Yup, best to learn a bit more about basics before going on... I will say this however, that on some occasions, depending on what you are powering, particularly with a device that accepts AC for an input, there may be a bridge inside, making everything DC. You'll know if you feed it DC and it doesn't do anything, yet the source gets toasty trying to feed it. Don't leave the juice on if you feed an 'AC' device 'DC'. You'll only do damage. If it DOES work however, you can be sure that you are going through a bridge, which is likely then regulated... Dig deeper. You may find (in fact likely will find) that your device wants DC after all... Just determine what it wants, and feed it ;)
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Joshua Martin (Mr_)
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Username: Mr_

Post Number: 66
Registered: 1-2006
Posted on Sunday, April 9, 2006 - 1:08 pm:   Edit PostDelete PostView Post/Check IPPrint Post   Move Post (Moderator/Admin Only)Ban Poster IP (Moderator/Admin only)

I called the maker of the kit and it can take in dc and ac and foun a power supply that would work lying around.
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Joshua Martin (Mr_)
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Username: Mr_

Post Number: 67
Registered: 1-2006
Posted on Sunday, April 9, 2006 - 1:10 pm:   Edit PostDelete PostView Post/Check IPPrint Post   Move Post (Moderator/Admin Only)Ban Poster IP (Moderator/Admin only)

Also there is a bridge rectifier in the kit .
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Joshua Martin (Mr_)
Advanced Member
Username: Mr_

Post Number: 68
Registered: 1-2006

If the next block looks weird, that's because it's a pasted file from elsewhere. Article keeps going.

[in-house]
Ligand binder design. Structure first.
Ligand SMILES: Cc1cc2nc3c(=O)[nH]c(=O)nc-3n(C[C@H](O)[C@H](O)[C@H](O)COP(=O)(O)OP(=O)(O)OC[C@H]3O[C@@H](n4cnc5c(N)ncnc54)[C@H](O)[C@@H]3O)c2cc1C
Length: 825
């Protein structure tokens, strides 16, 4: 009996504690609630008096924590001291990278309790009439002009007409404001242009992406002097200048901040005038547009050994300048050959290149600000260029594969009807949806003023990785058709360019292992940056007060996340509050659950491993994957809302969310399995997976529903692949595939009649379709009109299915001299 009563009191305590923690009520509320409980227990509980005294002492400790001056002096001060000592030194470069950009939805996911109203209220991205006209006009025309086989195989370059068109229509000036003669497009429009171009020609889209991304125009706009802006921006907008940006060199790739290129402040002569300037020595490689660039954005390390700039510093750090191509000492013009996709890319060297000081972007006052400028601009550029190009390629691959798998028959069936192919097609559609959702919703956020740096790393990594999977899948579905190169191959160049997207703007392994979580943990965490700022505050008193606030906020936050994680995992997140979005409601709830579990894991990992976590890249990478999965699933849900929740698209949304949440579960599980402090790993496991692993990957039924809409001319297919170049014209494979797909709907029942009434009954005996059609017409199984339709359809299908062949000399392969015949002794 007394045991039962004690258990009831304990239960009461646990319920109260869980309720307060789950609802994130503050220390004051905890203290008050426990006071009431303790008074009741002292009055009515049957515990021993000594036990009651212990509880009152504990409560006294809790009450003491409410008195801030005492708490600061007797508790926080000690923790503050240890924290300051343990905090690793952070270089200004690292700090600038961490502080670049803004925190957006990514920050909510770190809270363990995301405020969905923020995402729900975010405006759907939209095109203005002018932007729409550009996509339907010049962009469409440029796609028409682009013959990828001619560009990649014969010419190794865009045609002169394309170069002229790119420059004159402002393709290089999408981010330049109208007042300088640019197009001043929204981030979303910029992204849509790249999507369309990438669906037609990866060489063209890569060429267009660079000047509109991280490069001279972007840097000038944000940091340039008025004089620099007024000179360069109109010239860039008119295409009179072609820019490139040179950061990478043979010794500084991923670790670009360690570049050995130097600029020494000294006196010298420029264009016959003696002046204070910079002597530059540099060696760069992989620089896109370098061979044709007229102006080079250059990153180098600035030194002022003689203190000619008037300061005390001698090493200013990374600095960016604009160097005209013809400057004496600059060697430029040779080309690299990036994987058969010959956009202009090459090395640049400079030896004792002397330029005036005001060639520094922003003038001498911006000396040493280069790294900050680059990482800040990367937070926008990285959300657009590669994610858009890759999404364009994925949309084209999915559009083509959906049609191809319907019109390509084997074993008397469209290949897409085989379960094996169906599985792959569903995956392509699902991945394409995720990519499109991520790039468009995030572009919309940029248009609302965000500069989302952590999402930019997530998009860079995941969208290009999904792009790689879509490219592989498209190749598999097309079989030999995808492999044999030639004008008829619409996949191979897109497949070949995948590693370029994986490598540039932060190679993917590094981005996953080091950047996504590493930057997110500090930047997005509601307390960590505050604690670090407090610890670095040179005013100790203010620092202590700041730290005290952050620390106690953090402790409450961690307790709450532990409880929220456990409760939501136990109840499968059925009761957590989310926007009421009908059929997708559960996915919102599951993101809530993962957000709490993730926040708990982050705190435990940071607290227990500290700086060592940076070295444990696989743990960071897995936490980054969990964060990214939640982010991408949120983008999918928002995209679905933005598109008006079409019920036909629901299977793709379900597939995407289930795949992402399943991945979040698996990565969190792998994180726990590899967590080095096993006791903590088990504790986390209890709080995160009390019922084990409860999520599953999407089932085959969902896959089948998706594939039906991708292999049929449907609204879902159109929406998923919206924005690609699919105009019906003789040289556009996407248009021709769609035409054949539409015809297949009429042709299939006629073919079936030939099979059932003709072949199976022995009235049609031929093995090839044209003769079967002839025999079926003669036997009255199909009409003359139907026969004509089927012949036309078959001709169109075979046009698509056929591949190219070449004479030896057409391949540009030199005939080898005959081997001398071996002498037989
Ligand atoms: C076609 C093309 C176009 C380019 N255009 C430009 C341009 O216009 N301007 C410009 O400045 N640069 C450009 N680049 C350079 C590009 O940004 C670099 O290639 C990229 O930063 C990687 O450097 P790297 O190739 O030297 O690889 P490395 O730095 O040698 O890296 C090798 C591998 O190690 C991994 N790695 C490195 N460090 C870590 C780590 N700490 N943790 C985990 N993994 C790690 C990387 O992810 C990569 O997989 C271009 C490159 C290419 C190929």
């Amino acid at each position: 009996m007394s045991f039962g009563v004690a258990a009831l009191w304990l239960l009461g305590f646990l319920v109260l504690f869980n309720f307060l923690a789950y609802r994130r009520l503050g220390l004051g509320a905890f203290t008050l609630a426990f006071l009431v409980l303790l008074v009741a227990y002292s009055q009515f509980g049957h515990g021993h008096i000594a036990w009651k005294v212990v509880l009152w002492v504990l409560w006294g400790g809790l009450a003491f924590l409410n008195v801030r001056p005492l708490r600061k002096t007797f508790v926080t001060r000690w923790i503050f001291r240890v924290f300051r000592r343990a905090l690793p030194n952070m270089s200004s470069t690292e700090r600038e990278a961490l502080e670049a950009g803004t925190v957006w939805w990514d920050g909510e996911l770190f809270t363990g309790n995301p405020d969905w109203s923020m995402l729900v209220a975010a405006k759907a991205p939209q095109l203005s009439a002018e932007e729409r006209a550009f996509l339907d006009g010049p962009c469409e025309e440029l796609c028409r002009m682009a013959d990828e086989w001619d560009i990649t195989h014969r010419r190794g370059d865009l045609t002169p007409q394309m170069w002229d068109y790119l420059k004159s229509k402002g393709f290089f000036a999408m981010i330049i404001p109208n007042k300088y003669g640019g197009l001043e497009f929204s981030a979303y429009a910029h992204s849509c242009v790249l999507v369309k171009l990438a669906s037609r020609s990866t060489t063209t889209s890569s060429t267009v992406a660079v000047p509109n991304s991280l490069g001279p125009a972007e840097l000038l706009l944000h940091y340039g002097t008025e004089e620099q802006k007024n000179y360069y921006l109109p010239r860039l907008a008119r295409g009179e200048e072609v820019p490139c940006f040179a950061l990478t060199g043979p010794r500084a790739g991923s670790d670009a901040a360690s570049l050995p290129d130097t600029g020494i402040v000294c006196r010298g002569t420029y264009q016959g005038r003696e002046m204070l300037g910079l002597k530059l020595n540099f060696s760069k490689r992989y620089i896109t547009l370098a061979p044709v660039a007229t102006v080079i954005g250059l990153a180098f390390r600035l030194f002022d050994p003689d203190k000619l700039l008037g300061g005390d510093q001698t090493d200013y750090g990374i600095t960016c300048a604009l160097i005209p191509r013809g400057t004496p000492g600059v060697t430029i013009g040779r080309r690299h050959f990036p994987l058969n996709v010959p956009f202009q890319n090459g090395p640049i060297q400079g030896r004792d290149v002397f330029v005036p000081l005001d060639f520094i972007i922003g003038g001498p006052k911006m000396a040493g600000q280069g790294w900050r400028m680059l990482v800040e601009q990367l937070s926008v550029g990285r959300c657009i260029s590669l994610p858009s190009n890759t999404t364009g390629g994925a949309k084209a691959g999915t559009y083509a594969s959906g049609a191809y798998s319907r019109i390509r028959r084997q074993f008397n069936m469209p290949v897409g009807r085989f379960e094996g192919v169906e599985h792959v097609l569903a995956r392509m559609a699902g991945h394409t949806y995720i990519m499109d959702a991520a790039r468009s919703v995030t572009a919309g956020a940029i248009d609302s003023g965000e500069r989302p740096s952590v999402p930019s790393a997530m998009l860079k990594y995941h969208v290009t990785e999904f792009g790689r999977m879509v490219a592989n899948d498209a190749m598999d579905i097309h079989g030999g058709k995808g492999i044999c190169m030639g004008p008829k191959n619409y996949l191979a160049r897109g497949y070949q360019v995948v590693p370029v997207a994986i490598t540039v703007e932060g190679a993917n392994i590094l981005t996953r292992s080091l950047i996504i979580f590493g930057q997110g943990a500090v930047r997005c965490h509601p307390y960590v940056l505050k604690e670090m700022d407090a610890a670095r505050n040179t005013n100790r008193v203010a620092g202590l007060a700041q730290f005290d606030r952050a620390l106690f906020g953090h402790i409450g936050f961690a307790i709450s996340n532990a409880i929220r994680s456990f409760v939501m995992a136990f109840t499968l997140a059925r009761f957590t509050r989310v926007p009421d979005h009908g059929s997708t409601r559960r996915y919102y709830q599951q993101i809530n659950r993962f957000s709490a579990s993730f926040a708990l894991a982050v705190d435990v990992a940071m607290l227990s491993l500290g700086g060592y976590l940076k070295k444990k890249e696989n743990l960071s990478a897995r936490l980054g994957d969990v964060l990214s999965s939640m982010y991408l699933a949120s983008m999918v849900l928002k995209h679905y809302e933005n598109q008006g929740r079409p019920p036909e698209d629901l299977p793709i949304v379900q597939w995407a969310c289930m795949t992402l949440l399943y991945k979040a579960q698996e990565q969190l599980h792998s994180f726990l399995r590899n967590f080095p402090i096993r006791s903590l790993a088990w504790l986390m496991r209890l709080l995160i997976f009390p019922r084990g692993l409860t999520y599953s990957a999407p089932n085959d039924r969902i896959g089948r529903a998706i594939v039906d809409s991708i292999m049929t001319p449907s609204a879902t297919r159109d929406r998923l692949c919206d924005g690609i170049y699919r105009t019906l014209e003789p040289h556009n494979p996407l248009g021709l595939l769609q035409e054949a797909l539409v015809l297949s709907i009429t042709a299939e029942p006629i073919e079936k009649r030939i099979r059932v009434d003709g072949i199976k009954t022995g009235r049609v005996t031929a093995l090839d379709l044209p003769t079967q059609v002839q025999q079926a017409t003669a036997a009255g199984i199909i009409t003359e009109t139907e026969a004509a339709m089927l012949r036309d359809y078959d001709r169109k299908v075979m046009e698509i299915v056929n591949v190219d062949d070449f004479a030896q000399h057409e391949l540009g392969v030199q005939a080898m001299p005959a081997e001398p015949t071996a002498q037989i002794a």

Posted on Friday, April 21, 2006 - 1:43 am:   Edit PostDelete PostView Post/Check IPPrint Post   Move Post (Moderator/Admin Only)Ban Poster IP (Moderator/Admin only)

Could I also use a solar panel charge controller right ?.Would it see a load as a uncharged battery ?
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MadScientist (Madscientist)
Senior Member
Username: Madscientist

Post Number: 153
Registered: 4-2005
Posted on Thursday, April 27, 2006 - 9:16 pm:   Edit PostDelete PostView Post/Check IPPrint Post   Move Post (Moderator/Admin Only)Ban Poster IP (Moderator/Admin only)

You'll probably find (although I am not sure) that depending on the type, it will do anything from simply shut down when the voltage 'floats' up toward the input voltage (from lack of load), to shutting down from over-current if the device draws too much power.

Solar regulators are designed with a battery and solar cells in mind, and will likely not make very good power supplies directly, without the battery there to deal with the fluctuations of power that the regulator is expecting (clouds, etc). Granted, using a power supply instead of a solar cell to provide power to the regulator would get rid of fluctuations in input.

Who knows, if you can supply 12v at 3 amps to the device you wish to power, and there isn't much variation in it's requirements, it may work just fine.

You still however have the problem that your device wants AC for a supply, right? (or did I miss something... heheh) - last I checked, a solar controller was strictly DC output, unless you have an inverter on it, which would be a whole different story. :-)
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Joshua Martin (Mr_)
Advanced Member
Username: Mr_

Post Number: 69
Registered: 1-2006
Posted on Sunday, April 30, 2006 - 10:10 pm:   Edit PostDelete PostView Post/Check IPPrint Post   Move Post (Moderator/Admin Only)Ban Poster IP (Moderator/Admin only)

I asked the mfg of the kit and it's ac and dc .
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physics boy (Physicsinaction)
Intermediate Member
Username: Physicsinaction

Post Number: 33
Registered: 7-2006
Posted on Thursday, December 28, 2006 - 6:26 am:   Edit PostDelete PostView Post/Check IPPrint Post   Move Post (Moderator/Admin Only)Ban Poster IP (Moderator/Admin only)

Can anyone tell me is there any voltage regulator that can regulate voltage from 10 to 15 volts to 8.5 to 9 volts about 0.5 amp.

Also do voltage regulator consume more power when regulating voltage from high voltage or from peak voltage to desired voltage then it consume energy while regulating voltage from relatively low voltage.